How do I evaluate my workplace to comply with OSHA's emergency standards?
The best way to protect yourself and others is to prepare for an emergency before it happens by doing a thorough assessment of the workplace. Think about possible emergency situations and evaluate your workplace to see if it is sufficiently prepared in the following areas:
This section contains requirements for the design and construction of exit routes. It also addresses the capacity, height and width of exit routes, and finally, it sets forth requirements for exit routes that are outside a building. [29 CFR 1910.36]
This section includes the safe use of exit routes during an emergency, lighting and marking exit routes, fire retardant paints, exit routes during construction, repairs, or alterations, and employee alarm systems. [29 CFR 1910.37]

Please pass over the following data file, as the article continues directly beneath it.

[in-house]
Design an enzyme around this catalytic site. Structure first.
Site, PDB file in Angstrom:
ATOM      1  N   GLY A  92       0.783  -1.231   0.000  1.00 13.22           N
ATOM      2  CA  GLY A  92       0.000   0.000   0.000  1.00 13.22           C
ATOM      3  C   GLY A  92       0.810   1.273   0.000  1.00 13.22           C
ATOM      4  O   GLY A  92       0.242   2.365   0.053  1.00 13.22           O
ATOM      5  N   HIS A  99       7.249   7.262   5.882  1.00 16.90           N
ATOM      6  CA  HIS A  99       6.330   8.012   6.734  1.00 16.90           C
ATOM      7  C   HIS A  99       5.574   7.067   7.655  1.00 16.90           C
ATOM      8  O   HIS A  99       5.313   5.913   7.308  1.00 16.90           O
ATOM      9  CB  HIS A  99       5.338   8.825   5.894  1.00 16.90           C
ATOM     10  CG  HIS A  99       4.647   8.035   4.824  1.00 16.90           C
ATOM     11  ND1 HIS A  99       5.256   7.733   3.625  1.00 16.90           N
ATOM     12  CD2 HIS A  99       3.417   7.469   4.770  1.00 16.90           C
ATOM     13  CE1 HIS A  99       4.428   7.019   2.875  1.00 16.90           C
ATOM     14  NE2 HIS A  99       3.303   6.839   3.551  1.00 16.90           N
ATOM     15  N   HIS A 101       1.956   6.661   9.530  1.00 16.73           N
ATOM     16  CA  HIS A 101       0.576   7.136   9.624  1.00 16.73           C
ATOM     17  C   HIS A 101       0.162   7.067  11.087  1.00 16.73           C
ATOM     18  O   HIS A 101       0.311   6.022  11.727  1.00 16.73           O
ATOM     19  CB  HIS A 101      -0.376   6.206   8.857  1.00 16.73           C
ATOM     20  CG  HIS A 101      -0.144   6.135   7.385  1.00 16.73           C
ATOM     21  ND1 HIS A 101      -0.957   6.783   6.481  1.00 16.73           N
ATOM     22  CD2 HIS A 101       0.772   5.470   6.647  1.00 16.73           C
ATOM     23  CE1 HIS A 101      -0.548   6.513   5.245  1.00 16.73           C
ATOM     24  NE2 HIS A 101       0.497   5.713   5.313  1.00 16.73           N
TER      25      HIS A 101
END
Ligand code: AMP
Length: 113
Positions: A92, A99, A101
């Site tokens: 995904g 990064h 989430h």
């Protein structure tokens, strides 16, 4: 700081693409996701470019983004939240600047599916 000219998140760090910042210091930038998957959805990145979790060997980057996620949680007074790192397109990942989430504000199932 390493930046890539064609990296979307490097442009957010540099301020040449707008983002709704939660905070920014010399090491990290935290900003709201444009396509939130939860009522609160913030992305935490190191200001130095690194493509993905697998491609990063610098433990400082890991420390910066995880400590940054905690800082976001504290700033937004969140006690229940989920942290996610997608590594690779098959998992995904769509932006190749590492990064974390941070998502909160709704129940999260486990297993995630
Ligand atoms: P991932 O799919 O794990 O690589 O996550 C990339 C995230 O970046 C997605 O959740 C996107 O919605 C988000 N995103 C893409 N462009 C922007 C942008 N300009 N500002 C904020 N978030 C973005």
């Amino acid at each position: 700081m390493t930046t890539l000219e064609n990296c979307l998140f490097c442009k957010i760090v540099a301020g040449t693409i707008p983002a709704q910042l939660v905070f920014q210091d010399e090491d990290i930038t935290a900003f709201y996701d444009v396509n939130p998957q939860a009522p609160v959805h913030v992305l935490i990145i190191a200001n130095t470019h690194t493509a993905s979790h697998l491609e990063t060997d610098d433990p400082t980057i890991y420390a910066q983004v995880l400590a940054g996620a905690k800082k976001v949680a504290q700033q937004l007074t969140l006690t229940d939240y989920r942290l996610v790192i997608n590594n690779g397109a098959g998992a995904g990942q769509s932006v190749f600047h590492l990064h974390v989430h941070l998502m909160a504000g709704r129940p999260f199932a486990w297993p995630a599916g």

An emergency action plan (EAP) is a written document required by particular OSHA standards. The purpose of an EAP is to facilitate and organize employer and employee actions during workplace emergencies. [29 CFR 1910.38]
The purpose of the fire prevention plan is to prevent a fire from occurring in a workplace. It describes the fuel sources (hazardous or other materials) on site that could initiate or contribute both to the spread of a fire, as well as the building systems, such as fixed fire extinguishing systems and alarm systems, in place to control the ignition or spread of a fire. [29 CFR 1910.39]
Workplace fires and explosions kill hundreds and injure thousands of workers each year. One way to limit the amount of damage due to such fires is to make portable fire extinguishers an important part of your fire prevention program. [29 CFR 1910.157]
Automatic fire detection systems, when combined with other elements of an emergency response and evacuation plan, can significantly reduce property damage, personal injuries, and loss of life from fire in the workplace. [29 CFR 1910.164]
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